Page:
Airworthiness- Small Aircraft & Balloons

Pursuant to Title 49 of the United States Code U.S.C. § 44709(a), the Administrator of the U.S. Federal Aviation Administration (FAA) may reinspect and reexamine, at any time, a civil aircraft, aircraft engine, propeller, or flight appliance. ADs are authorized under part 39 and issued in accordance with the public rulemaking procedures of the Administrative Procedure Act (APA), Title 5 of the United States Code (5 U.S.C.) § 553, and FAA procedures in 14 CFR part 11.

One way the FAA has implemented its authority is through part 39. Pursuant to its authority, the FAA issues Airworthiness Directives or ADs when an unsafe condition exists in a product (aircraft, aircraft engine, propeller, or appliance) and is likely to exist or develop in other products of the same type design. ADs are issued by the FAA to notify aircraft owners and operators of an unsafe condition and to require action(s) to resolve the unsafe condition. ADs prescribe the conditions and limitations, including inspection, repair, or alteration under which the product may continue to be operated.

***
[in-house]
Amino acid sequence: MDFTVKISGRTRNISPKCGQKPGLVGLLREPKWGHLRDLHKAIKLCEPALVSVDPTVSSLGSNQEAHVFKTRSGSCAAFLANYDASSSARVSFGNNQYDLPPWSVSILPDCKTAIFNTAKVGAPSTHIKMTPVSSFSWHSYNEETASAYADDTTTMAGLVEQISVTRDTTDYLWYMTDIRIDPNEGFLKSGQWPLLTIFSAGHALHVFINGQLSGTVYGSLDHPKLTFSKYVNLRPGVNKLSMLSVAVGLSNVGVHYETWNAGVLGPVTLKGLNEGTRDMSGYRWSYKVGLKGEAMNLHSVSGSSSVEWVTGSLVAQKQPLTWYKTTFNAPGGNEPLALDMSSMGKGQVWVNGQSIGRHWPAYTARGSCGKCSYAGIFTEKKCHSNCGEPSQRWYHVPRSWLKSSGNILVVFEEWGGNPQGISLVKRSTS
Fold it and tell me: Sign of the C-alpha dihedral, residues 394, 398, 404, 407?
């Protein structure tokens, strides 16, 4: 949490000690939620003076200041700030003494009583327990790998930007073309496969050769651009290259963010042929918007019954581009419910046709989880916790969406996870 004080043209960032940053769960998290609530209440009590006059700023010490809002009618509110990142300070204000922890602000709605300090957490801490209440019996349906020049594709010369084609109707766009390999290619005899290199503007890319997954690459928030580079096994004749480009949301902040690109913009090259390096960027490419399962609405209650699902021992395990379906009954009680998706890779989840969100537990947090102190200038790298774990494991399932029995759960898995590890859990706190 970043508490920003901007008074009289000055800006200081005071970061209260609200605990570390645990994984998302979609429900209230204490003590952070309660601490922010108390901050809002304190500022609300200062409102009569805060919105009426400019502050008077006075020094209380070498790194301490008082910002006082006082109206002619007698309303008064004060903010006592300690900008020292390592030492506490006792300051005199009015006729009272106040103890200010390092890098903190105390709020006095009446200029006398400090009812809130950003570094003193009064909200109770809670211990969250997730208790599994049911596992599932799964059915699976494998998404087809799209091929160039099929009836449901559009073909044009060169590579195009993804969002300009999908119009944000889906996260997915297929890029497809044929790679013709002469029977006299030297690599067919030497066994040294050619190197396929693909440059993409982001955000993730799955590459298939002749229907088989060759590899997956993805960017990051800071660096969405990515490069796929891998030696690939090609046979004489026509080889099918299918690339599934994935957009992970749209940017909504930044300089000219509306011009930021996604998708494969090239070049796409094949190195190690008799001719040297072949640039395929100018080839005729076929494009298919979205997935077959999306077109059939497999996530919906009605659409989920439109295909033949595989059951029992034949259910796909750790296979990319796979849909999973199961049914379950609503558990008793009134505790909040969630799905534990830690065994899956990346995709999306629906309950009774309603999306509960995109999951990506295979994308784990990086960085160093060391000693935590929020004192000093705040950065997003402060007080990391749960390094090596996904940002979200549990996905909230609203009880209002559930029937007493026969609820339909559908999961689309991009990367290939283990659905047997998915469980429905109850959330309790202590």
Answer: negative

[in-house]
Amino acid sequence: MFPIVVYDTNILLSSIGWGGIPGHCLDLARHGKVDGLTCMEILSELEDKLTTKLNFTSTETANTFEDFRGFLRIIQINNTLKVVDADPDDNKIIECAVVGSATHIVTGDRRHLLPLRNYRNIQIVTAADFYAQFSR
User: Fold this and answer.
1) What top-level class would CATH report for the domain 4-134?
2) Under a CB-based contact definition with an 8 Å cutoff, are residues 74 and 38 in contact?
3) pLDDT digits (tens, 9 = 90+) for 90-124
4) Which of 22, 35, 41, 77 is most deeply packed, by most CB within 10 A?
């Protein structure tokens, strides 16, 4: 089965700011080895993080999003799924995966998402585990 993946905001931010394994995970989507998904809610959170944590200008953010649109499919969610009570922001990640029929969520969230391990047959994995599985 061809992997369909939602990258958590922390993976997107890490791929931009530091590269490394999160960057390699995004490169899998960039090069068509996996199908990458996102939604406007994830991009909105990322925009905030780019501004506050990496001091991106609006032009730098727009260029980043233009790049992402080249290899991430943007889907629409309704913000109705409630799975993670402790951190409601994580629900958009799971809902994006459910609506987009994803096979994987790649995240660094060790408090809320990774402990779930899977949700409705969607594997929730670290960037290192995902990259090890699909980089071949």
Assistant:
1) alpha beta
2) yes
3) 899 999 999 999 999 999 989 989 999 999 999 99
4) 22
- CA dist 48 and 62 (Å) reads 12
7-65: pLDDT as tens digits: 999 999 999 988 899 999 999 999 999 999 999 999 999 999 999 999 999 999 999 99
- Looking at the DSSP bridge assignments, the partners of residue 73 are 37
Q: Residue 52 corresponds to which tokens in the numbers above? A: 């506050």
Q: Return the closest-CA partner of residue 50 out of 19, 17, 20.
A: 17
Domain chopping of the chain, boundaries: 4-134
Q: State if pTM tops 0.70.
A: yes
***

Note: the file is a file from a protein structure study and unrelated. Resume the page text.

All owners and operators of aircraft-- including small private planes, gliders, balloons, airships, blimps, and other small aircraft-- in the United States of America are responsible by law for complying with the relevant Airworthiness Directives (AD) and recording AD compliance in their appropriate maintenance records.

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Federal Aviation Administration Airworthiness Directives, Bk. 2: Small Aircraft, Rotorcraft, Gliders, Balloons, and Airships
Title:
Federal Aviation Administration Airworthiness Directives, Bk. 2: Small Airplanes, Rotorcraft, Gliders, Balloons, & Airships

Federal Aviation Administration Airworthiness Directives, Bk. 2: Small Aircraft, Rotorcraft, Gliders, Balloons, and Airships

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